Via Age of Autism
WHO "Solidarity" and UK "Recovery" Clinical Trials of Hydroxychloroquine using Potentially Fatal Doses

"Last week, I was alerted to the fact that India's ICMR, its official medical research agency, had written to the WHO, telling WHO that the hydroxychloroquine doses being used in the Solidarity trial were 4 times higher than the doses being used in India.  Then I learned that Singapore had been hesitant to participate in the WHO trial due to the hydroxychloroquine dose."


Via The Lancet
RETRACTED: Hydroxychloroquine or chloroquine with or without a macrolide for treatment of COVID-19: a multinational registry analysis

The Lancet issued a rare retraction of a May 2020 published study that stated hydroxychloroquine provided little positive impact in fighting Covid and instead, might increase mortality rates. In a statement, the Lancet shared their reason for retracting the study: "Our independent peer reviewers informed us that Surgisphere would not transfer the full dataset, client contracts, and the full ISO audit report to their servers for analysis as such transfer would violate client agreements and confidentiality requirements. As such, our reviewers were not able to conduct an independent and private peer review and therefore notified us of their withdrawal from the peer-review process."


Via The Guardian
The Lancet has made one of the biggest retractions in modern history. How could this happen?

"Peer review during a pandemic faces a brutal dilemma – the moral importance of releasing important information with planetary consequences quickly, versus the scientific importance of evaluating the presented work fully – while trying to recruit scientists, already busier than usual due to their disrupted lives, to review work for free. And, after this process is complete, publications face immediate scrutiny by a much larger group of engaged scientific readers than usual, who treat publications which affect the health of every living human being with the scrutiny they deserve.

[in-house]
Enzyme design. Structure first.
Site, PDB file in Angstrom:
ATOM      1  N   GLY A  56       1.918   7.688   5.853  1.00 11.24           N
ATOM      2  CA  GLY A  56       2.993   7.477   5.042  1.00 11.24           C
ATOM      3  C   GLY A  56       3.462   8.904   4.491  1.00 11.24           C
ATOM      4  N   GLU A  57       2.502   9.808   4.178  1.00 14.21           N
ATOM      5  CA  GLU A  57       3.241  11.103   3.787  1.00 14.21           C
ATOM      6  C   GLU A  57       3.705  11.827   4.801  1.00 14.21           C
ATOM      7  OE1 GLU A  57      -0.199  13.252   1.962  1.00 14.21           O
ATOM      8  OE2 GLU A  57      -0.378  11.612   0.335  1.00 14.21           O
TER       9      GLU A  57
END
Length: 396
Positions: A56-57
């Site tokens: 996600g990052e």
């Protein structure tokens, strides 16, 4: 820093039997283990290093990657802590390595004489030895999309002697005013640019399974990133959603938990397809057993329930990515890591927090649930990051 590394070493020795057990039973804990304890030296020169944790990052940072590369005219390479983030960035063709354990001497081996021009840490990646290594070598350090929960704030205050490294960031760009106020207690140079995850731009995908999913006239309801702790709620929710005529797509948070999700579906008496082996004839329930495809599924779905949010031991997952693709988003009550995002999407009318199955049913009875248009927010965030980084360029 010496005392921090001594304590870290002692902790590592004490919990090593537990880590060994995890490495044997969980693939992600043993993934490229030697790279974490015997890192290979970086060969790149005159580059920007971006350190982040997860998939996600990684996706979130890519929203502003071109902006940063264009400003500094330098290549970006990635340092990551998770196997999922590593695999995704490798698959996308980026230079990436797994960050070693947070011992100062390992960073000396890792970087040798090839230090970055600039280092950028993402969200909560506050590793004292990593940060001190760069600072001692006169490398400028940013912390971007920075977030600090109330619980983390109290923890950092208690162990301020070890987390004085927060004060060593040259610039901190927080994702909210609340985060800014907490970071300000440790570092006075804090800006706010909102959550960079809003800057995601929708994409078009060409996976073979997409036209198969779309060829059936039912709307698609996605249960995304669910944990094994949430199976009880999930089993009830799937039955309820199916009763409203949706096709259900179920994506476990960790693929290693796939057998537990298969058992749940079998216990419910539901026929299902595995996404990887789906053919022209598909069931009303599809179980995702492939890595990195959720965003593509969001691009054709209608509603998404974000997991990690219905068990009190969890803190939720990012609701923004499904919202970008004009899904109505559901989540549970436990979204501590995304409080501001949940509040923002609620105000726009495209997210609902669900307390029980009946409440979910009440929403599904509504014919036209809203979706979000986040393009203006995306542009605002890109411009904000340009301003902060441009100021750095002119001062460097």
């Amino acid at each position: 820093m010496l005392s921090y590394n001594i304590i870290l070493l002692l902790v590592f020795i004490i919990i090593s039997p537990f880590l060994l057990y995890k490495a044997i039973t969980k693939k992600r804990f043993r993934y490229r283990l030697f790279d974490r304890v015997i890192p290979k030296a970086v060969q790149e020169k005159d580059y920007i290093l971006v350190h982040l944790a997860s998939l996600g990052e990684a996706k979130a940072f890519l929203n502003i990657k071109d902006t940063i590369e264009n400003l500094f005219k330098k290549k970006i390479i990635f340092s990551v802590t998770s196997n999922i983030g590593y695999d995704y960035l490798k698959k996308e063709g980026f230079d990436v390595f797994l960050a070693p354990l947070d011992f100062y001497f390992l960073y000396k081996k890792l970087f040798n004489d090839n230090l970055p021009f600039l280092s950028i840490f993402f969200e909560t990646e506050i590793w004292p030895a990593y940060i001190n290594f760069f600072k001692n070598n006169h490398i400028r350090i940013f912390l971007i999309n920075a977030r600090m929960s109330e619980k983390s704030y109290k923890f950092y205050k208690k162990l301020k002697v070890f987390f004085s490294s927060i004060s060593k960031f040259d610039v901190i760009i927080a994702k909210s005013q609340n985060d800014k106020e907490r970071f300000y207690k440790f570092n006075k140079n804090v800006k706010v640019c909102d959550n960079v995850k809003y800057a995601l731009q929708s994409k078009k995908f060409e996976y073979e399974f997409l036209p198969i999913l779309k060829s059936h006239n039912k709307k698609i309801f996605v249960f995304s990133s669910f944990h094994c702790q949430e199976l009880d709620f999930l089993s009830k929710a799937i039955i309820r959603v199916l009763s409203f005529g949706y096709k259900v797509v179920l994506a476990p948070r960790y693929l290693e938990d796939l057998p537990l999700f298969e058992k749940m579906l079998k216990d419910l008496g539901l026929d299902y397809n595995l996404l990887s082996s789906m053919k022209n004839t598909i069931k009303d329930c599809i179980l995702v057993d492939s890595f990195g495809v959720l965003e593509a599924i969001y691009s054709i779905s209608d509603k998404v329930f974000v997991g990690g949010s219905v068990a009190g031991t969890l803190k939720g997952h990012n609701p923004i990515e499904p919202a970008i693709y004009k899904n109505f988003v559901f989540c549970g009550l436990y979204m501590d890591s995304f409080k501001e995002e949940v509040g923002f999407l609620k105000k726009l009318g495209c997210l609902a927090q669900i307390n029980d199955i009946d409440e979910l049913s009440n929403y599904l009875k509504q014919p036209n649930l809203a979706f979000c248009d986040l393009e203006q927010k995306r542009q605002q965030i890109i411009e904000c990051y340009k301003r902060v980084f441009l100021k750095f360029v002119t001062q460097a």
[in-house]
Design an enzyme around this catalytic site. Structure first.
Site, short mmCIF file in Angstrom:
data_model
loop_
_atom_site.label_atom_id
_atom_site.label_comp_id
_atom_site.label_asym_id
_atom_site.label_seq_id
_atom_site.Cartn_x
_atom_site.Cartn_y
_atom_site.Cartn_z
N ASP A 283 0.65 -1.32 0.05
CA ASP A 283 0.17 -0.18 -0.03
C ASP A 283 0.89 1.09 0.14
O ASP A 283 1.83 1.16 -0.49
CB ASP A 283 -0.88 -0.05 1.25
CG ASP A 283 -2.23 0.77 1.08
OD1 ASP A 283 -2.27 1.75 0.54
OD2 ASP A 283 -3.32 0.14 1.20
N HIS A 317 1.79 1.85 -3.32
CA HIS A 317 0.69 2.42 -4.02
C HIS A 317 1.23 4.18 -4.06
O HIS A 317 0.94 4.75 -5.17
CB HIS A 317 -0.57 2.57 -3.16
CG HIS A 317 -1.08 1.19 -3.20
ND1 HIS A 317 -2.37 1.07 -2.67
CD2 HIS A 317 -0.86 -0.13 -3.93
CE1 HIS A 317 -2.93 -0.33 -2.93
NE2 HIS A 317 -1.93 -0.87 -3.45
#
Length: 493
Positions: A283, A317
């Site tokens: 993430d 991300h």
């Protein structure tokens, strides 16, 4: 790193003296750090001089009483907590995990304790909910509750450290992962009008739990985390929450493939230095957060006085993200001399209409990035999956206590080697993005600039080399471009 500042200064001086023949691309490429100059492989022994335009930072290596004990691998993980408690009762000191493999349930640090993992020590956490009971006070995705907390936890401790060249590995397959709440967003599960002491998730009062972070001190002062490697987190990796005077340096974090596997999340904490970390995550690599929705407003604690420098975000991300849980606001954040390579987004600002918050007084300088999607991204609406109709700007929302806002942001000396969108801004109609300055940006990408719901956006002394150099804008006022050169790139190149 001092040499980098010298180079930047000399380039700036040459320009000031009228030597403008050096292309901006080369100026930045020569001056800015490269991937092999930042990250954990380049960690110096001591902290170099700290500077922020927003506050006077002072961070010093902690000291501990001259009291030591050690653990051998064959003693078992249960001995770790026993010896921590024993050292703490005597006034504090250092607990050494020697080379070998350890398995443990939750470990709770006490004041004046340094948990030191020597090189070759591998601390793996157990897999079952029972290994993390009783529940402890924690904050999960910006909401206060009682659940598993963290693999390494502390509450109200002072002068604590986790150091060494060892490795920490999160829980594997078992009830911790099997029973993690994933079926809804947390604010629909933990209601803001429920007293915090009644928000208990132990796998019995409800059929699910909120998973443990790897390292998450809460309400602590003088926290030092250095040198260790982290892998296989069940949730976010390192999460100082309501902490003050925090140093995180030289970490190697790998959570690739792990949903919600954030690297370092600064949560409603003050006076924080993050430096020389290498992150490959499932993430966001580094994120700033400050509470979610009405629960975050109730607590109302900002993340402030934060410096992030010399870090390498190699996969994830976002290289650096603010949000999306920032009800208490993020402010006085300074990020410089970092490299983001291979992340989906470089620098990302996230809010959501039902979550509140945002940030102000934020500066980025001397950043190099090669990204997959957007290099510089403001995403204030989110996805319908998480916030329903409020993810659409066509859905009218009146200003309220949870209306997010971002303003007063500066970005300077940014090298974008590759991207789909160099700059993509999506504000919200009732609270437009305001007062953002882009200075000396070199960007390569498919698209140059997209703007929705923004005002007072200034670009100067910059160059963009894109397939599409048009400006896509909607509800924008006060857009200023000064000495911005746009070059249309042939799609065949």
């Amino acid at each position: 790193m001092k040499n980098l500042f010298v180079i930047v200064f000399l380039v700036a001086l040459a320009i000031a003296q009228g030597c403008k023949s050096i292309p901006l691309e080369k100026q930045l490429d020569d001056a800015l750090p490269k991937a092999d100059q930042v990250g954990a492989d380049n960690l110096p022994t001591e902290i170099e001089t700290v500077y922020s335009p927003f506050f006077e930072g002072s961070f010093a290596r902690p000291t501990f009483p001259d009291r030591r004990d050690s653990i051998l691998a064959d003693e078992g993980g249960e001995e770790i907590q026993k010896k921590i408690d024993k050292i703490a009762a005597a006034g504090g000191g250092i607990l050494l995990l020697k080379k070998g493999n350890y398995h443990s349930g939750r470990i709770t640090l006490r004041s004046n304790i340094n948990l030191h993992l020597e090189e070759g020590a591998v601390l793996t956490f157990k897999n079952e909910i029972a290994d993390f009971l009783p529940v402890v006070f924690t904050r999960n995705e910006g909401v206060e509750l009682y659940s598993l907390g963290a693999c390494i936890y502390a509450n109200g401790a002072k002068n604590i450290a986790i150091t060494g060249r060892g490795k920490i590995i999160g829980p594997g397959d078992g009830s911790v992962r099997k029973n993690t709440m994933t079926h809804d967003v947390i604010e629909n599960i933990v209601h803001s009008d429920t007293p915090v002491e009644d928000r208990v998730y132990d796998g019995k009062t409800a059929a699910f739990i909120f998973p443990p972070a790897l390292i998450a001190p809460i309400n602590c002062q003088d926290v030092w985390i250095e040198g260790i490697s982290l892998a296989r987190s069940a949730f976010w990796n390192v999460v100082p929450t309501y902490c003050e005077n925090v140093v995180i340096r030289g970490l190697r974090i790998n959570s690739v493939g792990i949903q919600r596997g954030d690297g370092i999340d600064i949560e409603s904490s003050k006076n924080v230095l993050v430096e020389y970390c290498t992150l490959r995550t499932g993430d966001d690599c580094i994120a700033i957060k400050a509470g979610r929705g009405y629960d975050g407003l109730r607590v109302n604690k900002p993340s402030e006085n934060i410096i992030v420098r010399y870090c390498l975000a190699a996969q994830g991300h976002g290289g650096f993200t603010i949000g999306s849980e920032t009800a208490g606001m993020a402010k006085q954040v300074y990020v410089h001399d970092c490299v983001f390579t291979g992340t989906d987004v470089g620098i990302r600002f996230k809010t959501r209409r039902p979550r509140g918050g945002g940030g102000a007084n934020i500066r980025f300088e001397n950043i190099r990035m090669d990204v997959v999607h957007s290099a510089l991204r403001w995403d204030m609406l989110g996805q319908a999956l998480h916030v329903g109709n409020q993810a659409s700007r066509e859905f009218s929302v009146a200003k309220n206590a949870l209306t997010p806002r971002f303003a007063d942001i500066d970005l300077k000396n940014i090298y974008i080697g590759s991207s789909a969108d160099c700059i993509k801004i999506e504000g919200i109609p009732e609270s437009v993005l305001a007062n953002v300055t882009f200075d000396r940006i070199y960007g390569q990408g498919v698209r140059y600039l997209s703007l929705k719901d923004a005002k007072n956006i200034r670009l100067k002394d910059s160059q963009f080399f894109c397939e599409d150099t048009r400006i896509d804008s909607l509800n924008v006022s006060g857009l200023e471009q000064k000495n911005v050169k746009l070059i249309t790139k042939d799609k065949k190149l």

The consequences are extreme. The consequences for any of us, on discovering a persistent cough and respiratory difficulties, are directly determined by this research. Papers like today’s retraction determine how people live or die tomorrow. They affect what drugs are recommended, what treatments are available, and how we get them sooner."


Via ClinCalc
Hydroxychloroquine Drug Usage Statistics, United States, 2008-2018

The data here highlights that hydroxychloroquine (which was approved by the FDA in 1982) was steadily prescribed around the same rate during 2008-2018. This suggests that the drug has been long-established and widely accepted as safe, contrary to some of the criticism surrounding HCQ in the past year (likely related to the prescribed amount for studies being much higher than what is normally given, as shared above!).


Via Sermo
COVID-19 treatment trends over 6 weeks and 33,700 interviews

Global data helps create a wider perspective on how COVID is being treated. For HCQ as of May 2020, this article shared that: "Usage around the world varies widely; in the U.S., 46% of physicians report using it; that is significantly lower than other countries such as Italy (83%), Spain (78%), Mexico (76%), Brazil (85%), and China (62%). Usage in Great Britain is much lower at 19% and Germany at 13%.

Efficacy: Globally 27% of physicians feel that it is highly effective. However, it is felt to be more effective outside of the hospital in mild-symptom patients (32%). This trend follows what we see in usage (higher usage in mild patients)."


Via Fox News
Hydroxychloroquine could save up to 100,000 lives if used for COVID-19: Yale epidemiology professor

"'Our results do differ from some other studies,' Dr. Marcus Zervos, who heads the hospital's infectious diseases unit, said at a news conference. "What we think was important in ours ... is that patients were treated early. For hydroxychloroquine to have a benefit, it needs to begin before the patients begin to suffer some of the severe immune reactions that patients can have with COVID.'"


AMA Handbook Addendum